- Enrollment gains continued at Strategic Education's for-profit Strayer and Capella university campuses during the second quarter, a year after their parent companies merged in a $1.9 billion deal.
- Capella's competency-based education (CBE) program, FlexPath, was a significant contributor to the increases, executives told analysts this week. They suggested they could expand that offering to Strayer.
- The college operator expects to open more physical locations for both institutions this year, and it could add one co-branded site.
Strategic Education reported its results a day after online program manager 2U announced that growing competition online is causing it to shift focus from exclusively high-end graduate programs to a wider array of offerings and more contract flexibility.
One area of growth for both companies was shorter-term programs. Nick Hammerschlag, president of Entangled Group, told Education Dive earlier this week that's "where the market is going."
To that point, Strategic Education's nondegree segment — which includes a handful of coding boot camps and software design programs — recovered from a $1 million operating loss a year ago to generate returns for the first time during the quarter.
Executives also discussed their progress integrating the two institutions.
One way is through the use of Strayer's artificial intelligence student support features at the online Capella. Among them are a virtual assistant chat function and video feedback. They expect to see more student engagement and lower drop rates as a result.
Both institutions are expanding their footprints, and executives told analysts the company might experiment with a co-branded location this year. Capella is beginning to add ground-based sites, starting with one in Atlanta and another expected for Orlando, Florida, during the third quarter. They will be spaces for students to meet, study and access academic support.
"That's likely to be the largest revenue opportunity over the next year or two," Strategic Education CEO Karl McDonnell said during the call.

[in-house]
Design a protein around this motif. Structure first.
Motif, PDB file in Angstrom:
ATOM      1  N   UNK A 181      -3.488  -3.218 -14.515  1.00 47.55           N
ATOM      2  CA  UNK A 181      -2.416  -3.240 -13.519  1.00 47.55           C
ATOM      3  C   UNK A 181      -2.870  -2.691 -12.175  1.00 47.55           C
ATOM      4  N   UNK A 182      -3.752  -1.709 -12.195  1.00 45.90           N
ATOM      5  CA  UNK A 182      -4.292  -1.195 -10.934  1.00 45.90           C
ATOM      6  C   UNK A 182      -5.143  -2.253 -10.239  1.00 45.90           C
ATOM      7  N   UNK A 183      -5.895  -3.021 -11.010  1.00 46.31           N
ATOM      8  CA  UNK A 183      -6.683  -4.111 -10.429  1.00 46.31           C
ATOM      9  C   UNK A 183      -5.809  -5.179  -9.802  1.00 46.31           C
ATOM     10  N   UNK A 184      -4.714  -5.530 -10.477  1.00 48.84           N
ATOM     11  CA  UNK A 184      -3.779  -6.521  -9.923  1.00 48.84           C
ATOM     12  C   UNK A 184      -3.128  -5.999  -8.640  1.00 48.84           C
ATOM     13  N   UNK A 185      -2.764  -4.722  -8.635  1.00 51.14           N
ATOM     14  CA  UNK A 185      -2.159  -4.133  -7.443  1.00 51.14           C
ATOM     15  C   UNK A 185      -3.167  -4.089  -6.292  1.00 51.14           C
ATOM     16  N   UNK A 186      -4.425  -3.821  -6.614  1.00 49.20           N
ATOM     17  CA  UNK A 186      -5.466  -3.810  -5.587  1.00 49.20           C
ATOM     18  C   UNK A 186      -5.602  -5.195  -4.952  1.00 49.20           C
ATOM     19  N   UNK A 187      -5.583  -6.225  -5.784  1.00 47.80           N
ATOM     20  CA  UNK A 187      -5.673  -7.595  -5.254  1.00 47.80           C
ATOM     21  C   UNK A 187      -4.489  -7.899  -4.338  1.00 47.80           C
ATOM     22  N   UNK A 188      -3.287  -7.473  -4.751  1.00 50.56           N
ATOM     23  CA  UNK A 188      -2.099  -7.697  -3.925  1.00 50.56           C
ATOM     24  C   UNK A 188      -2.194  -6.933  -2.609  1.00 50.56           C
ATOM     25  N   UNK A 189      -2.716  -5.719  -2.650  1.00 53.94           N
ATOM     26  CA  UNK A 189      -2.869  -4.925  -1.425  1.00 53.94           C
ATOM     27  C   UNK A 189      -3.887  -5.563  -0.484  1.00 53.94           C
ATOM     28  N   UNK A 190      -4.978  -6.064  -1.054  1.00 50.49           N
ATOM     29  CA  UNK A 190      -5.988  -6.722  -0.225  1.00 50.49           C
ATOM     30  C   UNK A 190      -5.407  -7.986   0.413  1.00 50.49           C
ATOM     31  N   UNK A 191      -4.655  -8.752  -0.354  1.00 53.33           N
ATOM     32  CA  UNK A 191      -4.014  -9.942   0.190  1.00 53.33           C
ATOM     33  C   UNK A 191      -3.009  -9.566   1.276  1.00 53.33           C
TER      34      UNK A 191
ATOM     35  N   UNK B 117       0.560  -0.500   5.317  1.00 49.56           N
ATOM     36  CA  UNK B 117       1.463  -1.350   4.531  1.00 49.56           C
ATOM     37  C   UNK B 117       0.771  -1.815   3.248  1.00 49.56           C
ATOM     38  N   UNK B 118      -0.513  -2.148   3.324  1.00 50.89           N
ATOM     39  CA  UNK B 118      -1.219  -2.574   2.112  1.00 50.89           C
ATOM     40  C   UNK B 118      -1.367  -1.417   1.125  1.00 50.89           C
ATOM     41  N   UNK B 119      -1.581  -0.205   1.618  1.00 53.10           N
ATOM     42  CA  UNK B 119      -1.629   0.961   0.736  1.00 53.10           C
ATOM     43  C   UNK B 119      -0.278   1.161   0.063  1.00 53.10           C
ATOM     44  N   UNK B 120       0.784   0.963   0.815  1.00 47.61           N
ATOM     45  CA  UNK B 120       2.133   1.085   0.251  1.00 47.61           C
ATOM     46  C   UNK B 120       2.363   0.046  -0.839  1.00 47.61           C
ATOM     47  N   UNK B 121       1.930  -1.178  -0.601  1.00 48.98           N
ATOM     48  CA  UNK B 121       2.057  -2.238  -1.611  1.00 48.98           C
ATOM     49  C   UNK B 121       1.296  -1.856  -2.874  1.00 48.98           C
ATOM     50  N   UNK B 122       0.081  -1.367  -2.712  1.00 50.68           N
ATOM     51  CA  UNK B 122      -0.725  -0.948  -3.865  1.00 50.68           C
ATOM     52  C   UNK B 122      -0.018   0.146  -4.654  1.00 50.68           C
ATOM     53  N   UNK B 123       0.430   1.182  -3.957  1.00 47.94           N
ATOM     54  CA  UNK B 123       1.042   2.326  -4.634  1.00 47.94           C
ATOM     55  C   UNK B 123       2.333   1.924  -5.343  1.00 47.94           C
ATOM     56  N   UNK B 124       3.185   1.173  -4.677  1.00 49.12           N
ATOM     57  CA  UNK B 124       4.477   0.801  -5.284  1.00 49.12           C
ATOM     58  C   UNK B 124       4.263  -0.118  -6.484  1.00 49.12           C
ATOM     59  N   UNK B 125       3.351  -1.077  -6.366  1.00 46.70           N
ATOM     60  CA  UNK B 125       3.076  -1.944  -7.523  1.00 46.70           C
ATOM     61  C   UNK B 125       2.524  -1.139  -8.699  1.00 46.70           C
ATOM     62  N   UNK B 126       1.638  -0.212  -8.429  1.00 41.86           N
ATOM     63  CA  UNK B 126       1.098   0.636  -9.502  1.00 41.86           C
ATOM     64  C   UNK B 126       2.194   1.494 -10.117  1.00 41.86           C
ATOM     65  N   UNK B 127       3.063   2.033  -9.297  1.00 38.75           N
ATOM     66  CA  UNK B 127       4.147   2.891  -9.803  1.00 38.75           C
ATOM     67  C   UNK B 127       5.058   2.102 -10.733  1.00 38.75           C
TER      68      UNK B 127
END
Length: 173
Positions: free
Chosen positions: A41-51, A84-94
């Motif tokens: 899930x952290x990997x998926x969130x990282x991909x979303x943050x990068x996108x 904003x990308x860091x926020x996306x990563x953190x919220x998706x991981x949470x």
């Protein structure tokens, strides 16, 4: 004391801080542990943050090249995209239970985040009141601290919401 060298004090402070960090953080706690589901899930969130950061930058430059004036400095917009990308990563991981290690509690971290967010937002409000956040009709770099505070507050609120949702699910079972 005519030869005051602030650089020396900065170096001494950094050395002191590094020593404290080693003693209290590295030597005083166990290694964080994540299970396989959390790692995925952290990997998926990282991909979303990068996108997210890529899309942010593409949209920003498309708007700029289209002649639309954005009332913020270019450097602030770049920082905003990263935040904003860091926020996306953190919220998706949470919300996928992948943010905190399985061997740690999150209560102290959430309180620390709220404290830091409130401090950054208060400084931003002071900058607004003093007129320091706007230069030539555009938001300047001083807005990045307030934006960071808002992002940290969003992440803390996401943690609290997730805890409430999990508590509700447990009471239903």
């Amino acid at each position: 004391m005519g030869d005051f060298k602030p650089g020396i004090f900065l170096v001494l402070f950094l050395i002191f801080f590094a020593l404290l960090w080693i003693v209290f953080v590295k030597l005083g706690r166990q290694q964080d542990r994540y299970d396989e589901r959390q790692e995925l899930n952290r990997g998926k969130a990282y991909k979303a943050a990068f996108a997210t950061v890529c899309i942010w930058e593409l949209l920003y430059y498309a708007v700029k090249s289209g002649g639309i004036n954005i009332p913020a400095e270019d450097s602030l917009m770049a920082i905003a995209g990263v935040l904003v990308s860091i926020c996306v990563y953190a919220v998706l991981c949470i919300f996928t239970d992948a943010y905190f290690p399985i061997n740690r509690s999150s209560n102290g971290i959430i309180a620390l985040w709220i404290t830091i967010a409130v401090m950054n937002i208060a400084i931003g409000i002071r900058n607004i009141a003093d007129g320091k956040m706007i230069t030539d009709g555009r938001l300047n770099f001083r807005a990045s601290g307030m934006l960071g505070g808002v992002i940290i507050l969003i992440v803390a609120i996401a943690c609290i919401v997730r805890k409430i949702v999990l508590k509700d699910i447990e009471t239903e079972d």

Strayer is expected to open a handful of new campuses in the second half of 2019. In a note emailed to Education Dive, Barrington Research analysts said the new campuses are "significantly smaller" than those the university added from 2001 to 2012, at around 3,000 square feet each compared to more than 20,000 square feet.
Strayer's enrollment rose 11.5% year-over-year during the second quarter to 52,253 students, on par with gains reported in the first quarter. But bigger scholarships and a "shift to lower-paying corporate-sponsored students" are expected to keep revenue per student flat for 2019, Strategic Education Chief Financial Officer Daniel Jackson said on the call.
Capella posted more modest enrollment gains, up 1.6% for the period to 38,392 students, down from a 2.9% increase in the first quarter. A 2% rise in tuition at that institution is expected to be offset by more corporate-sponsored students and growth in the lower-cost FlexPath program.
FlexPath has been a strong driver of student enrollment for Capella, with new student enrollment in the program increasing by 21% for the period. Total new student enrollments at Capella increased by 8%.
Interest is growing across higher ed in alternative programs like CBE.
"The company is clearly advantaged by having the FlexPath product in our portfolio," McDonnell said.